There have been films made about it, everyone has a story about an incident at an office party, so how do you handle these events in a way that will not cause you heartache, embarrassment, or make you wish you just didn’t go.
One thing to remember, is the word ‘office’. The people who will be there are those that you have to work with the next day or week, so some consideration to the boundaries of what is normally acceptable is necessary. The basis of good manners is thoughtfulness and consideration for others.
Is it a dress to impress event? If it is, consider how you will portray your personality and position in the company. Take note of the venue, the time of the event, and the style of the invitation. That should give you a clue as to whether it needs glamour and formality, or if it is more casual. For women, a jacket can always cover up a dress that is a little too revealing if you make a mistake in judgement. For guys, if in doubt, take the tie and be on the ready. If going straight from work, some simple freshening up is mandatory. For girls, enhancing makeup, changing accessories, some fragrance, changing hairstyle are all simple things that require little effort. For the guys, a quick shave to remove shadow, cologne, a clean shirt (casual or formal depending on the situation) and change of jacket can make all the difference.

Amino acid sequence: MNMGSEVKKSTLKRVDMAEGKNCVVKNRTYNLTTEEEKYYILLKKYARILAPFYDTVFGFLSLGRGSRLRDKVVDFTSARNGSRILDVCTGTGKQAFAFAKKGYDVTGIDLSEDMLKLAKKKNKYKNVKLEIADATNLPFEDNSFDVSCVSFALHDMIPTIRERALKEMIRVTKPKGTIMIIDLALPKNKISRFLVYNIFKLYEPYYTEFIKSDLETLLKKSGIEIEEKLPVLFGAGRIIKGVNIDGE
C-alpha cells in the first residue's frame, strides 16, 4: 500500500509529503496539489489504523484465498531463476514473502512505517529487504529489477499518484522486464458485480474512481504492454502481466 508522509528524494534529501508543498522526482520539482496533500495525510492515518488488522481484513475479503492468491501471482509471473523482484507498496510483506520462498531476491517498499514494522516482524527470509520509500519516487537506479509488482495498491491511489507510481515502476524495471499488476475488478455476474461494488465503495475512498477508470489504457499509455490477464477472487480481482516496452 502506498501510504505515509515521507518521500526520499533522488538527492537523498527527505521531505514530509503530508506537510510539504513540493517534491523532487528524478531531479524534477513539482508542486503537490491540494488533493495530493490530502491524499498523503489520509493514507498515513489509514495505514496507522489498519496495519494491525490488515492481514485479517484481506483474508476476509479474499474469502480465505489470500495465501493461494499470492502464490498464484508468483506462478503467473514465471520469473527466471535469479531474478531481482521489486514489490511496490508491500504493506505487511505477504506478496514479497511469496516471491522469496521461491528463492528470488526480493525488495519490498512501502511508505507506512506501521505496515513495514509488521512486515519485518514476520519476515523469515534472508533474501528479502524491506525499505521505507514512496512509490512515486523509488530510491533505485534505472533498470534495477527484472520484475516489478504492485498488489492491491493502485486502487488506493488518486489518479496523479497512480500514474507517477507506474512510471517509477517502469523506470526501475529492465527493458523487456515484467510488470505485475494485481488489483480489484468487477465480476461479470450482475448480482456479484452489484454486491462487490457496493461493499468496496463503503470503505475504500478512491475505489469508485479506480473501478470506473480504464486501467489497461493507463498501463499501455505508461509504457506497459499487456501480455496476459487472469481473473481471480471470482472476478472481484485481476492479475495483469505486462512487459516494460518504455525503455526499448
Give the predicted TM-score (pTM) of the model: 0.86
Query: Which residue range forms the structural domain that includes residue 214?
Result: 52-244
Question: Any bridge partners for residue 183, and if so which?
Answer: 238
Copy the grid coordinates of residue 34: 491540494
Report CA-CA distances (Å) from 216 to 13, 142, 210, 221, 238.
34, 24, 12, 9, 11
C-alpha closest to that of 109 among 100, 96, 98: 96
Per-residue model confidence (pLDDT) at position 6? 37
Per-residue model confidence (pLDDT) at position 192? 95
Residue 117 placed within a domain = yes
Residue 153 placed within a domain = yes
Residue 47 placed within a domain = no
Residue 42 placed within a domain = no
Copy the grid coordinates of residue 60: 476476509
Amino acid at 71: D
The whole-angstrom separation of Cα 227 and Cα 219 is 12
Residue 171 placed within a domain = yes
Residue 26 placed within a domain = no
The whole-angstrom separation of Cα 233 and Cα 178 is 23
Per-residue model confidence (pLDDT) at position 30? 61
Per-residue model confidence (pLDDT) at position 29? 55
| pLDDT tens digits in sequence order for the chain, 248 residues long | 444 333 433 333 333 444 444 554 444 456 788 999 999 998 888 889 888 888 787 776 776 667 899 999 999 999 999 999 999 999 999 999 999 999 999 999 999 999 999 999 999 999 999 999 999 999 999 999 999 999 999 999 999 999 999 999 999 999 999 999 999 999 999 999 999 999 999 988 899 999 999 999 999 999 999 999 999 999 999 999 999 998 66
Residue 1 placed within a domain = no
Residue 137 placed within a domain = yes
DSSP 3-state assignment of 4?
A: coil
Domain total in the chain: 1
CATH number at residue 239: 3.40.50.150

The office party is not about letting go. Think about your position, after all its your reputation that is at stake the following day so drink in moderation, and stay alert. Over the top behaviour can be very tacky.
Take the opportunity to chat with co-workers and managers you may not normally have access to. You might be surprised at what opportunities you discover in your own working environment.
Executive and Career Coach, Caroline Cameron from Possibility to Reality, says the office Christmas Party is a great event to create a positive impression. “Colleagues and managers from other areas tend to be more relaxed and open at the office Christmas Party. Networking is all about letting people know how you can help them achieve their goals. Listen intently and find ways to link your skills and experience to what they need, in a relaxed way that demonstrates your integrity. Remember to follow up potential opportunities personally, when everyone’s back on deck in January.”
Respect your co-workers.
No matter what you feel, an office party is not a situation to talk about things that are better left unsaid. Avoid gossip, talking about medical problems, money matters, getting involved with ‘in-house’ shoptalk, or telling jokes of an inappropriate nature.
Above all, enjoy yourself and don’t look bored. Make sure you have thanked the people who organised the event before you leave, and leave on a positive note, after speeches and presentations have been made.